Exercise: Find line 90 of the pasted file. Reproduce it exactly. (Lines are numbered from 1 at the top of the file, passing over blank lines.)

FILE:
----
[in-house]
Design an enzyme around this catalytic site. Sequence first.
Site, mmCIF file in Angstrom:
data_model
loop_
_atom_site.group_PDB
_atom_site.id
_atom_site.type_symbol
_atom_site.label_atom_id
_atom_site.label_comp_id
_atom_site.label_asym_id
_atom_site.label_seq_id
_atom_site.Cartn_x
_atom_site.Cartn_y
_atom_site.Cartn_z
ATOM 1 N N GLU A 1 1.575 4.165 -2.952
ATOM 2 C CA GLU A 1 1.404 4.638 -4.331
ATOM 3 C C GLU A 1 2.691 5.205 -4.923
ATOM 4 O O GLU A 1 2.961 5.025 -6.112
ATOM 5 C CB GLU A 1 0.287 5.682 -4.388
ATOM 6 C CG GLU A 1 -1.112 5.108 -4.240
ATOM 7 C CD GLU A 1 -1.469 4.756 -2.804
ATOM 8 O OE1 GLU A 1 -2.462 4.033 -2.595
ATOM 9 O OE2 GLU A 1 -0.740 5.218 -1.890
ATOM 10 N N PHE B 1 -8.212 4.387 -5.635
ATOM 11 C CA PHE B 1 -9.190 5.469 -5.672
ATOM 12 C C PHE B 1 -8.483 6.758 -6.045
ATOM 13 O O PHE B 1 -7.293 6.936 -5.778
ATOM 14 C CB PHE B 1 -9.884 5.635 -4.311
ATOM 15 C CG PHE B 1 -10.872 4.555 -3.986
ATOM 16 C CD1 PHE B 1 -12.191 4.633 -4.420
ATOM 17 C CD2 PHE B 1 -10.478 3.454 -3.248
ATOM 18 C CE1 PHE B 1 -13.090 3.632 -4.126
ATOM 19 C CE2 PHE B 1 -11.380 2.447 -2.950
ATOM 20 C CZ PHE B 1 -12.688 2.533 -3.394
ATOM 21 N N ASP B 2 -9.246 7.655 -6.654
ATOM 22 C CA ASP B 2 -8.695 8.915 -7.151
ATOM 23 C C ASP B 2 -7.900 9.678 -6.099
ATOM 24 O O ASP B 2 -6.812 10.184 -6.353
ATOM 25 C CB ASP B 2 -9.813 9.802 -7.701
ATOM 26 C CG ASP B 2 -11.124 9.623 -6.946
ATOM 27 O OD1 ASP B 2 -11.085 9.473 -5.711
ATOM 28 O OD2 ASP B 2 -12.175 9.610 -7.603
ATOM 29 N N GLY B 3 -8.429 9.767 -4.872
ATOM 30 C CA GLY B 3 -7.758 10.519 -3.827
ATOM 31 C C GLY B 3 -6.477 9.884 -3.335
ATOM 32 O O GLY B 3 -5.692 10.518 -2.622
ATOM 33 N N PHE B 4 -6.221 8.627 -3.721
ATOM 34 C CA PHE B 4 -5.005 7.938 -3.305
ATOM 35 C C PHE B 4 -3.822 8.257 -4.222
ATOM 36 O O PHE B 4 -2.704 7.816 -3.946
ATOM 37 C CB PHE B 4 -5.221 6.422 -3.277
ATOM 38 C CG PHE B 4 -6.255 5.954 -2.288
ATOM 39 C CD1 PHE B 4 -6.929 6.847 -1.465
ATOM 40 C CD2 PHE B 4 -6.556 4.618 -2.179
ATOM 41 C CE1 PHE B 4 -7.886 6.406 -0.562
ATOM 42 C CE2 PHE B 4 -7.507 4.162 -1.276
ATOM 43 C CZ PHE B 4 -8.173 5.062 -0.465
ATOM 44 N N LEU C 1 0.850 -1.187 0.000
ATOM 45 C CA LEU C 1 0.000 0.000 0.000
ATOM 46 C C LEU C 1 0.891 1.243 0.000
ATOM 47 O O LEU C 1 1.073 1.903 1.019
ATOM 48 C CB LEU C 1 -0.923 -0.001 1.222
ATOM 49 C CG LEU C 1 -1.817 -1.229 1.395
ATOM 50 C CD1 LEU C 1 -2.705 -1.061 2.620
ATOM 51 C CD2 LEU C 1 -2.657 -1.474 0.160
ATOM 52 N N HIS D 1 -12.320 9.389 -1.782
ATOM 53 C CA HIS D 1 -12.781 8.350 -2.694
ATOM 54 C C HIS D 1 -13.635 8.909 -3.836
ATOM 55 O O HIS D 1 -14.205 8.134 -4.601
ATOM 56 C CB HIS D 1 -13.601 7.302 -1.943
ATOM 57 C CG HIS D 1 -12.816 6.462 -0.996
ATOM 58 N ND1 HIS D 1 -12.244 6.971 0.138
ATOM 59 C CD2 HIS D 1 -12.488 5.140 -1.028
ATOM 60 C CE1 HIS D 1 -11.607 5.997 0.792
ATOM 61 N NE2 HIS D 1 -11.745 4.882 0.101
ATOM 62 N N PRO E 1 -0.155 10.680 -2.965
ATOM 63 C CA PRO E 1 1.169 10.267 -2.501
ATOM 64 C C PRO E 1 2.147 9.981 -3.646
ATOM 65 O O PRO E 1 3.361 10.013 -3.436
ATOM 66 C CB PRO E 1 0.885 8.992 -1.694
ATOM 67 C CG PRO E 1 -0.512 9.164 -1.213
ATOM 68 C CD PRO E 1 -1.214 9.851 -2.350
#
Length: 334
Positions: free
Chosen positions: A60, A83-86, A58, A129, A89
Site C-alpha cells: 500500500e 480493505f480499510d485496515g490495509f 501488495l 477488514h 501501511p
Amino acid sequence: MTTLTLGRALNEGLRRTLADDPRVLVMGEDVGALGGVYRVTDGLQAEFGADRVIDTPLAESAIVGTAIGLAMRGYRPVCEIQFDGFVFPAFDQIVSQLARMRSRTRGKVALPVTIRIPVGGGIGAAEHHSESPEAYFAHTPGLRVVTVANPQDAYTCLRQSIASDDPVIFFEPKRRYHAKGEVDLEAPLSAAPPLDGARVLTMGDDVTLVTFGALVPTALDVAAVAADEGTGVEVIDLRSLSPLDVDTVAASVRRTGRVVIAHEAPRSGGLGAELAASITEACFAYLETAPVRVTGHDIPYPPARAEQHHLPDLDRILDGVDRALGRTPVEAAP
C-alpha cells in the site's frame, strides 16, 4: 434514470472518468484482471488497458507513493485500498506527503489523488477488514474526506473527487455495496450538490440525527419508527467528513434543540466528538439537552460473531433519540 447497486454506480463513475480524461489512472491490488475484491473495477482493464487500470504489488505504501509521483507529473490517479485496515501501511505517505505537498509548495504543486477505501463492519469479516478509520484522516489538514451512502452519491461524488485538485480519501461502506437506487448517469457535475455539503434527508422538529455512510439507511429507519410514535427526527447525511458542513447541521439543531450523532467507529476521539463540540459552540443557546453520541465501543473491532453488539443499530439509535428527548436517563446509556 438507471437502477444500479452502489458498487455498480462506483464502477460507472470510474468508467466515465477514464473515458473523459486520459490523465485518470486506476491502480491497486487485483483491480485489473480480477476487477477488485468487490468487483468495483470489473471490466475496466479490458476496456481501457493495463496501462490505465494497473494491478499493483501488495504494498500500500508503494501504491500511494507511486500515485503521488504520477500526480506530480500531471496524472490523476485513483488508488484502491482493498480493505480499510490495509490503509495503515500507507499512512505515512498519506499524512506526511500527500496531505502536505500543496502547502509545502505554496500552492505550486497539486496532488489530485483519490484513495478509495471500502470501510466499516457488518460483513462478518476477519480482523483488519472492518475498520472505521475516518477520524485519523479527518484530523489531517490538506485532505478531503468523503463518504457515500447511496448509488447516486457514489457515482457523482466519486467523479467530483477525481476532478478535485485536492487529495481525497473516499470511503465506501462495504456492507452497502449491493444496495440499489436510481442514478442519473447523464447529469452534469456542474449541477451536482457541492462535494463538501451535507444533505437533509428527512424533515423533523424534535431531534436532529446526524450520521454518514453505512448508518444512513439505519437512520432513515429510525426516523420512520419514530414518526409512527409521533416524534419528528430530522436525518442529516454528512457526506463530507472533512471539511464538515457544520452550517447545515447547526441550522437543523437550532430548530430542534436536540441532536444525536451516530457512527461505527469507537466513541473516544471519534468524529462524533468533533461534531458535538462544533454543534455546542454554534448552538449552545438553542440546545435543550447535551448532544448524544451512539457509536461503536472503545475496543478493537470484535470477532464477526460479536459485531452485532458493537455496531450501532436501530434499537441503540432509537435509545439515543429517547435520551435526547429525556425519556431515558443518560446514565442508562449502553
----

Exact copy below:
C-alpha cells in the site's frame, strides 16, 4: 434514470472518468484482471488497458507513493485500498506527503489523488477488514474526506473527487455495496450538490440525527419508527467528513434543540466528538439537552460473531433519540 447497486454506480463513475480524461489512472491490488475484491473495477482493464487500470504489488505504501509521483507529473490517479485496515501501511505517505505537498509548495504543486477505501463492519469479516478509520484522516489538514451512502452519491461524488485538485480519501461502506437506487448517469457535475455539503434527508422538529455512510439507511429507519410514535427526527447525511458542513447541521439543531450523532467507529476521539463540540459552540443557546453520541465501543473491532453488539443499530439509535428527548436517563446509556 438507471437502477444500479452502489458498487455498480462506483464502477460507472470510474468508467466515465477514464473515458473523459486520459490523465485518470486506476491502480491497486487485483483491480485489473480480477476487477477488485468487490468487483468495483470489473471490466475496466479490458476496456481501457493495463496501462490505465494497473494491478499493483501488495504494498500500500508503494501504491500511494507511486500515485503521488504520477500526480506530480500531471496524472490523476485513483488508488484502491482493498480493505480499510490495509490503509495503515500507507499512512505515512498519506499524512506526511500527500496531505502536505500543496502547502509545502505554496500552492505550486497539486496532488489530485483519490484513495478509495471500502470501510466499516457488518460483513462478518476477519480482523483488519472492518475498520472505521475516518477520524485519523479527518484530523489531517490538506485532505478531503468523503463518504457515500447511496448509488447516486457514489457515482457523482466519486467523479467530483477525481476532478478535485485536492487529495481525497473516499470511503465506501462495504456492507452497502449491493444496495440499489436510481442514478442519473447523464447529469452534469456542474449541477451536482457541492462535494463538501451535507444533505437533509428527512424533515423533523424534535431531534436532529446526524450520521454518514453505512448508518444512513439505519437512520432513515429510525426516523420512520419514530414518526409512527409521533416524534419528528430530522436525518442529516454528512457526506463530507472533512471539511464538515457544520452550517447545515447547526441550522437543523437550532430548530430542534436536540441532536444525536451516530457512527461505527469507537466513541473516544471519534468524529462524533468533533461534531458535538462544533454543534455546542454554534448552538449552545438553542440546545435543550447535551448532544448524544451512539457509536461503536472503545475496543478493537470484535470477532464477526460479536459485531452485532458493537455496531450501532436501530434499537441503540432509537435509545439515543429517547435520551435526547429525556425519556431515558443518560446514565442508562449502553